Exploring mechanisms for harvesting of farmed seaweed
Author(s)Badr, Ali(Ali H.)
Massachusetts Institute of Technology. Department of Mechanical Engineering.
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In this thesis, I explore different harvesting mechanisms for farmed seaweed off of a line. The seaweed market is large and growing globally, and currently relies heavily on manual labor and coastal waters for the farming process. The main goals of the designed mechanisms are to achieve a simple, reliable system that can be implemented on seaweed farms and allow off-shore farming as well as increase overall efficiency by reducing the reliance on manual labor. Alongside a colleague, we designed and built three iterations of the mechanism and I propose a fourth design that we will be exploring in the future. The three designs center around different actuation and cutting methods. The first design uses a ski lift actuation method and a circular saw blade as the cutting instrument. The second design uses the same cutting method but a spool method for actuation (described in more detail in paper). The third design uses a suction method for cutting and has multiple actuation methods. The designed mechanisms are then tested with live seaweed. By comparing the results of these tests and evaluating each design across a few metrics that we learned by speaking to seaweed farmers and throughout the process of building the mechanisms, I propose a fourth theoretical design that aims to improve on all previous designs and meet the proposed design requirements.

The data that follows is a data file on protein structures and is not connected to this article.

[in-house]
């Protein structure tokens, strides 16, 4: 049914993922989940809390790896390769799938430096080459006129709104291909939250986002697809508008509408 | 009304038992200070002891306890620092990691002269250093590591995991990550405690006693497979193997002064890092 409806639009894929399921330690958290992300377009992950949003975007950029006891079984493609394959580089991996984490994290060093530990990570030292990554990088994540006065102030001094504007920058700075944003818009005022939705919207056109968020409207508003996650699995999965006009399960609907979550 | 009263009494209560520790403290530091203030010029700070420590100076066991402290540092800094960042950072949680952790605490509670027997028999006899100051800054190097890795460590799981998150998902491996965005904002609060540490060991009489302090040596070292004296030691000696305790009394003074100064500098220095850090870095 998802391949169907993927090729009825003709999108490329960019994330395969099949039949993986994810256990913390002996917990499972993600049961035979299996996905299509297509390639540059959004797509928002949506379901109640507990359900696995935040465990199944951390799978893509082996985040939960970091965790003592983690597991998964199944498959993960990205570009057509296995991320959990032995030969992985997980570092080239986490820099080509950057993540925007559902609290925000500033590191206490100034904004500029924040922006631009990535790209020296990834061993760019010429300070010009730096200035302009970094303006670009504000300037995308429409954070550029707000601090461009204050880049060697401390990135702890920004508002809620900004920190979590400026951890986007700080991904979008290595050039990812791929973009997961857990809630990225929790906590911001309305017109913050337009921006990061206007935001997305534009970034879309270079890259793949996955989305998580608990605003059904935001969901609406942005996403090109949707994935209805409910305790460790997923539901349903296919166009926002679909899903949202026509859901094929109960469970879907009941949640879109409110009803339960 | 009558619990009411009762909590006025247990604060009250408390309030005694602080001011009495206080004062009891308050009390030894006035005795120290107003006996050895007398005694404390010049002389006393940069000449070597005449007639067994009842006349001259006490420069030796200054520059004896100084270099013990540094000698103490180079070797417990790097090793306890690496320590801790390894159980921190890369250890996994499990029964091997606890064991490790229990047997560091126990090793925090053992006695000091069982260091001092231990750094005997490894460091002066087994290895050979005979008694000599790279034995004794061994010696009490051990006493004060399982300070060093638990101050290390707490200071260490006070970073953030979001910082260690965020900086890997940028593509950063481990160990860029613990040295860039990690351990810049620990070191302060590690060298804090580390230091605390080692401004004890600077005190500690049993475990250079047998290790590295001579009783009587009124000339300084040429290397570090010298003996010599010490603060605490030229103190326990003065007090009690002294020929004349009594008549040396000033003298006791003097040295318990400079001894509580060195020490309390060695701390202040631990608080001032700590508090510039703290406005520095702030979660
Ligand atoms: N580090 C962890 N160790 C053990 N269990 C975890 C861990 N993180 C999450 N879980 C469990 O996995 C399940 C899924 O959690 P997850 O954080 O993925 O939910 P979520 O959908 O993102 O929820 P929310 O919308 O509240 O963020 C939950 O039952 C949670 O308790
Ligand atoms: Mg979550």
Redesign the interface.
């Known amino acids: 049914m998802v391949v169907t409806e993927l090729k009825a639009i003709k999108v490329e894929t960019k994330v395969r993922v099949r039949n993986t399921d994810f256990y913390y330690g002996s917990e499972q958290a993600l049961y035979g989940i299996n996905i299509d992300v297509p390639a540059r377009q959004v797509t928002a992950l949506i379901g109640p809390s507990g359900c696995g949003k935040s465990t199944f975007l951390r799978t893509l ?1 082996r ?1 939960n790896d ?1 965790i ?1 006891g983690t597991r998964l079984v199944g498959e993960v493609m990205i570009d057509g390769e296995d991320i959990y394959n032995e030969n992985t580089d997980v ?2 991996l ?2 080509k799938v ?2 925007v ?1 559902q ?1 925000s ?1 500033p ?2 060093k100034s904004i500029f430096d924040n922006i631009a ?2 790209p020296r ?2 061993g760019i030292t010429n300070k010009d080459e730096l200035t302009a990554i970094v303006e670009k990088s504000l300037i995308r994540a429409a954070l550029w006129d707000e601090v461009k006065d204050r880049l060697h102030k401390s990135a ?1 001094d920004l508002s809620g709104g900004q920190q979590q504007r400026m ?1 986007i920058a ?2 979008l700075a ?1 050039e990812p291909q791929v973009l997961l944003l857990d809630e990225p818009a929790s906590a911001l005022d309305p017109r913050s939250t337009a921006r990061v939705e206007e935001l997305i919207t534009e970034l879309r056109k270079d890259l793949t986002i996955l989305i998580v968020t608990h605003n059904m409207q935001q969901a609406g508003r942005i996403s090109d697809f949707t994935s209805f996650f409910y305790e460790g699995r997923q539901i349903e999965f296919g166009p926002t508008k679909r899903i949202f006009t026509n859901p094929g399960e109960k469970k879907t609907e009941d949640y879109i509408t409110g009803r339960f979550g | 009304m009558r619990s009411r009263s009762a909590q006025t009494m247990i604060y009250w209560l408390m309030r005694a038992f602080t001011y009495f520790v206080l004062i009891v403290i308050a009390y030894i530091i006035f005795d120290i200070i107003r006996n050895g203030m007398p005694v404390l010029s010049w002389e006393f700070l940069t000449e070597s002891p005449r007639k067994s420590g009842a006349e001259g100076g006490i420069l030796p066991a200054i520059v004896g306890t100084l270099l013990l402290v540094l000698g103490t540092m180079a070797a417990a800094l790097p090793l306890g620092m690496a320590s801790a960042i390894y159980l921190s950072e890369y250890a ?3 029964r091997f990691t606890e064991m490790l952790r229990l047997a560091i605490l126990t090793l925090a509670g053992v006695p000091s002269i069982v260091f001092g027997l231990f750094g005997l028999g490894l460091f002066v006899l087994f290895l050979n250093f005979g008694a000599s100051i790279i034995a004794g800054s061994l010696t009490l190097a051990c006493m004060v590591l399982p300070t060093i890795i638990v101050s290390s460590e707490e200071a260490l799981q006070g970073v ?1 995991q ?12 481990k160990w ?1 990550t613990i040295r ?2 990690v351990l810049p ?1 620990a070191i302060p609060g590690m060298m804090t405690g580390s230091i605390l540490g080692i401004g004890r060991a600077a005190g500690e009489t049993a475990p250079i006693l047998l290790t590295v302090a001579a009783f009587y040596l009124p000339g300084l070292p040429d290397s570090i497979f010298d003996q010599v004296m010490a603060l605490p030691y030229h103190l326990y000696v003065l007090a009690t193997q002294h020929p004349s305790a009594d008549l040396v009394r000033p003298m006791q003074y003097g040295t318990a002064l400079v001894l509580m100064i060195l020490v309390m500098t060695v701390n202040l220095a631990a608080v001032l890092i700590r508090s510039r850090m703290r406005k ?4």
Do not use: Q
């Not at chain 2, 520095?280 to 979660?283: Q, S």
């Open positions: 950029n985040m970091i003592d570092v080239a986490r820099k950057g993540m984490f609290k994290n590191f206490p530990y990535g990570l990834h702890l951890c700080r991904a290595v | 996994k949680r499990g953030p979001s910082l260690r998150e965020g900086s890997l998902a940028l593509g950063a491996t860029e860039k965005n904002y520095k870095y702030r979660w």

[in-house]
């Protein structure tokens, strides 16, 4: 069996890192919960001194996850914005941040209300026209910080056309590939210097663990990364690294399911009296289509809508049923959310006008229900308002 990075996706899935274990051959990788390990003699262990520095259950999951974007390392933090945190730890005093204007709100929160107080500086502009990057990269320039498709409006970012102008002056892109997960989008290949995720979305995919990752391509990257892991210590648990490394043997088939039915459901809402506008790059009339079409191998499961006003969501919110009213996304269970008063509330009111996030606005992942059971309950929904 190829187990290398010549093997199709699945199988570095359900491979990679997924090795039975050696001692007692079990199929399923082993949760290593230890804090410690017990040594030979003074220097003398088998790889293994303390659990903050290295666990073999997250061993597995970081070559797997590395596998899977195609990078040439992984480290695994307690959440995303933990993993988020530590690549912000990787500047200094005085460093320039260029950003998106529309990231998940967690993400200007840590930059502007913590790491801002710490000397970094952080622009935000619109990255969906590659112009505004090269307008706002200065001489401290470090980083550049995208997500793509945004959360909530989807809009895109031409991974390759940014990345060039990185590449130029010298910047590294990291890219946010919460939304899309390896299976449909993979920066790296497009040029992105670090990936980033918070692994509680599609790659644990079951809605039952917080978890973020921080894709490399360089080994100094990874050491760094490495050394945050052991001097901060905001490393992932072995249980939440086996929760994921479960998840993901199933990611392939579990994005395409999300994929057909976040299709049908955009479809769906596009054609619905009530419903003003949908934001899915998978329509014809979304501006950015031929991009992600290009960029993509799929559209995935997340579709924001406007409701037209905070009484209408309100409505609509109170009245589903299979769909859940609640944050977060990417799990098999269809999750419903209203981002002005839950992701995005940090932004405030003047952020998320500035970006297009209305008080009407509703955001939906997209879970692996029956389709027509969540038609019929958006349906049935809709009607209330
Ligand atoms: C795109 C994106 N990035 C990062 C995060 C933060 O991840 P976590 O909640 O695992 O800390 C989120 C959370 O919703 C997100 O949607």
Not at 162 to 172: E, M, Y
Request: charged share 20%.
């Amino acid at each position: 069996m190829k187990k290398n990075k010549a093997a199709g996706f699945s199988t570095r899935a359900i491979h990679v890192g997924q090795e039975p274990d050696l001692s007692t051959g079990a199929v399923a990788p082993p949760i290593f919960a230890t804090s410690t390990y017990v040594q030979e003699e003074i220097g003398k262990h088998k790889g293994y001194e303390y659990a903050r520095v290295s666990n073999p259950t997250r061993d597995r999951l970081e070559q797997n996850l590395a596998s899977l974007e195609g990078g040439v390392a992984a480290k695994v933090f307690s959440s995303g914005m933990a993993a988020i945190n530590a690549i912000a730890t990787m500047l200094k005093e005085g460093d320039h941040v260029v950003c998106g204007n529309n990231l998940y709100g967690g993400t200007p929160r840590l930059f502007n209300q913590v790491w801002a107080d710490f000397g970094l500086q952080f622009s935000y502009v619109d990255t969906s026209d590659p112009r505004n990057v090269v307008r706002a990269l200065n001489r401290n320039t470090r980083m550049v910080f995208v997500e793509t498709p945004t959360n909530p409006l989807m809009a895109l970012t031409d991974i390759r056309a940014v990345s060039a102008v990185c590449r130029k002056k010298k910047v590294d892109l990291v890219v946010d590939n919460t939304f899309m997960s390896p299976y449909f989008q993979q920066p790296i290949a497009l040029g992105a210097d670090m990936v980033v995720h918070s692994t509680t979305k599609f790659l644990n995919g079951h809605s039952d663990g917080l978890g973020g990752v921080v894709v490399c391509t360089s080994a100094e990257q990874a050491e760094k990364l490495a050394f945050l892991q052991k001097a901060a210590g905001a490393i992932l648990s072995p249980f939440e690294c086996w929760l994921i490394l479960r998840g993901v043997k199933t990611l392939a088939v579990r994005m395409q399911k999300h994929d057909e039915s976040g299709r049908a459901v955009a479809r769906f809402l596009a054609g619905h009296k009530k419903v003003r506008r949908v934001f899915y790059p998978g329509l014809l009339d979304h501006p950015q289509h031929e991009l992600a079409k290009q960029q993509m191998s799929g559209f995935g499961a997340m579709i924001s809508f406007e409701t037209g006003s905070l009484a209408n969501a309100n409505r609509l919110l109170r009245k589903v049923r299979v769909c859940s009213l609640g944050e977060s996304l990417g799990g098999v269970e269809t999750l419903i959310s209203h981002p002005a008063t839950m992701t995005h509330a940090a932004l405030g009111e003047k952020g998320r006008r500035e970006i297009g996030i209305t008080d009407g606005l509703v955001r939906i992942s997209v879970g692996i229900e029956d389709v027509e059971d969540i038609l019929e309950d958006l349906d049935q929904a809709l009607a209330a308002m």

Thesis: S.B., Massachusetts Institute of Technology, Department of Mechanical Engineering, 2019Cataloged from PDF version of thesis.Includes bibliographical references (pages 37-38).
DepartmentMassachusetts Institute of Technology. Department of Mechanical Engineering
Massachusetts Institute of Technology